The highest state court in Maryland ruled yesterday that a teenage girl could be prosecuted for distributing “child pornography” because she shared a one-minute video in which she was engaged in a consensual sexual act.
Has the world gone crazy?
“Child pornography” laws have been passed in every state in the nation. And in each of those states the purpose of the laws is to protect children from abuse and exploitation.
Protecting children from abuse and exploitation is a noble cause. However, it is not noble to prosecute children who are neither abused nor exploited.
In this case, one of the state government’s arguments is that the teenage girl should be prosecuted because “there is a potential for the image to fall into the hands of adults who traffic in child pornography.” While that may be true in the abstract, the Court cited no evidence that an adult had distributed the teenager’s one-minute video.
Instead, the Court cited evidence that the video was initially sent to two close friends, both teenagers. Unfortunately, one of those friends ultimately shared the video with a school official who was an adult who subsequently shared it with many other adults, including members of law enforcement.
Given these facts, who is the actual distributor of the “child pornography” in this case? And is the school official, the first adult to view the video, a trafficker of “child pornography” because he showed that video to other adults?
It appears that the most rational person in this case was the accused teenager who argued that the state’s “child pornography” law was intended to protect, not prosecute minors victimized and exploited in the production of sexually explicit videos. Unfortunately, the Court disagreed with the accused’s position and ruled instead that she could be prosecuted for distributing the video in question.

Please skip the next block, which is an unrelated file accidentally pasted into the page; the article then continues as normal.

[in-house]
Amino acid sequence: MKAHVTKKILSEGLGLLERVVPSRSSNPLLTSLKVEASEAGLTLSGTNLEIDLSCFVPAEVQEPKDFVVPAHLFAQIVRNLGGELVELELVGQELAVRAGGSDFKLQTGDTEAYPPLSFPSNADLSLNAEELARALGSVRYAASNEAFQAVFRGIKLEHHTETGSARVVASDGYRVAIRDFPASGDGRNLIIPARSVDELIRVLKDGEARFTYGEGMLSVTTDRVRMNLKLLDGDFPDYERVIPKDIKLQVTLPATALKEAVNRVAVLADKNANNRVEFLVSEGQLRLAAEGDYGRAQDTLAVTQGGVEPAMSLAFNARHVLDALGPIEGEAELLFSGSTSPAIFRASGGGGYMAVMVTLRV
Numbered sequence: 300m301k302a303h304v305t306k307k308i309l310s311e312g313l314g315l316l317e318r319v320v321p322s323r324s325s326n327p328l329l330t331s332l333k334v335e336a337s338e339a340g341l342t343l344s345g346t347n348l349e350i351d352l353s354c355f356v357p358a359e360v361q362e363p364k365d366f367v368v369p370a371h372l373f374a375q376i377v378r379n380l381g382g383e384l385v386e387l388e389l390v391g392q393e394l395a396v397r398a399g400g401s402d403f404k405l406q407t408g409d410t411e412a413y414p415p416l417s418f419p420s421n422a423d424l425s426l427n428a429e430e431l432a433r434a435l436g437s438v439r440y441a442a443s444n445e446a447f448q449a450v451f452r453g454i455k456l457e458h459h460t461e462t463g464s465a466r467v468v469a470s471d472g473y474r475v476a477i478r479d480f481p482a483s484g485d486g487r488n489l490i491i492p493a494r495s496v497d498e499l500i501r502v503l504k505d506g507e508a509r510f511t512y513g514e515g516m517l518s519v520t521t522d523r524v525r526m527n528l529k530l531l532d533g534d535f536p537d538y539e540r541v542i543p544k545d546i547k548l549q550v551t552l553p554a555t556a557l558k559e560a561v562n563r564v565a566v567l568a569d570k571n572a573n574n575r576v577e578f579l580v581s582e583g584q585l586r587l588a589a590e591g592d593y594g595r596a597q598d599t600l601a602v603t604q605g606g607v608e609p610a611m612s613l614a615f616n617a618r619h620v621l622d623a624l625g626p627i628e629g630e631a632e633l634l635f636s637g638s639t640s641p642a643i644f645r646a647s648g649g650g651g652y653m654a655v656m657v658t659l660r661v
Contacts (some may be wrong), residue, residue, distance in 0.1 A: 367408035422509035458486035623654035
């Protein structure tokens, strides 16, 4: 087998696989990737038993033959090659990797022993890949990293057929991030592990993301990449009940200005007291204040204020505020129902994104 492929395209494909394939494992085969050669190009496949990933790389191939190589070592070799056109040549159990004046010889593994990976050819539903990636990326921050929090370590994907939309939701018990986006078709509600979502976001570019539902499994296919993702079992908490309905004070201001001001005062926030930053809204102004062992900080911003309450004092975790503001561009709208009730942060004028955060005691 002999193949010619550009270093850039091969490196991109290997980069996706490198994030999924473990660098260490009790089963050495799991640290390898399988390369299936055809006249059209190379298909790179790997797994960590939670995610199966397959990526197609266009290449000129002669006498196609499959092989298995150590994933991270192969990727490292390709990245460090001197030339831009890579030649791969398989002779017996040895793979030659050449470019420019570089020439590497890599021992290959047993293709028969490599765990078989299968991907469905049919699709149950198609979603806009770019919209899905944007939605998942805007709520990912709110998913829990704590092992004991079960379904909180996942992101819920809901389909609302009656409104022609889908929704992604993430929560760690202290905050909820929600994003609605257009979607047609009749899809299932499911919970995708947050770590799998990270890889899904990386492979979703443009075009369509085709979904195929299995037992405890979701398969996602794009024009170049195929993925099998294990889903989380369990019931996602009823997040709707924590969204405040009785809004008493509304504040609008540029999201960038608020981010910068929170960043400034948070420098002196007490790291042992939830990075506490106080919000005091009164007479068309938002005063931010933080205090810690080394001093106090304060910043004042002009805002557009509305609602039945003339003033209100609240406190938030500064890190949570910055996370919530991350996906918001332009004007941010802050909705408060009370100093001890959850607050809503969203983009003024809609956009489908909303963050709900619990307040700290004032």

In its decision, the Court blames the Maryland State Legislature for existing law that allows for the prosecution of teenagers for sexting. The Court then notes that 21 states currently have laws that allow such prosecutions – Alabama, Alaska, California, Delaware, Iowa, Kentucky, Maine, Maryland, Massachusetts, Michigan, Minnesota, Mississippi, Montana, New Hampshire, North Carolina, Ohio, Oregon, South Carolina, Tennessee, Virginia, Wisconsin and Wyoming.
If the Court’s statement is correct, it also means that 29 states do not allow teenagers to be prosecuted for sexting. It is therefore incumbent upon the 21 states to immediately begin revisions to their “child pornography” laws so that those laws fulfill their stated purpose of protecting children and do not instead prosecute children.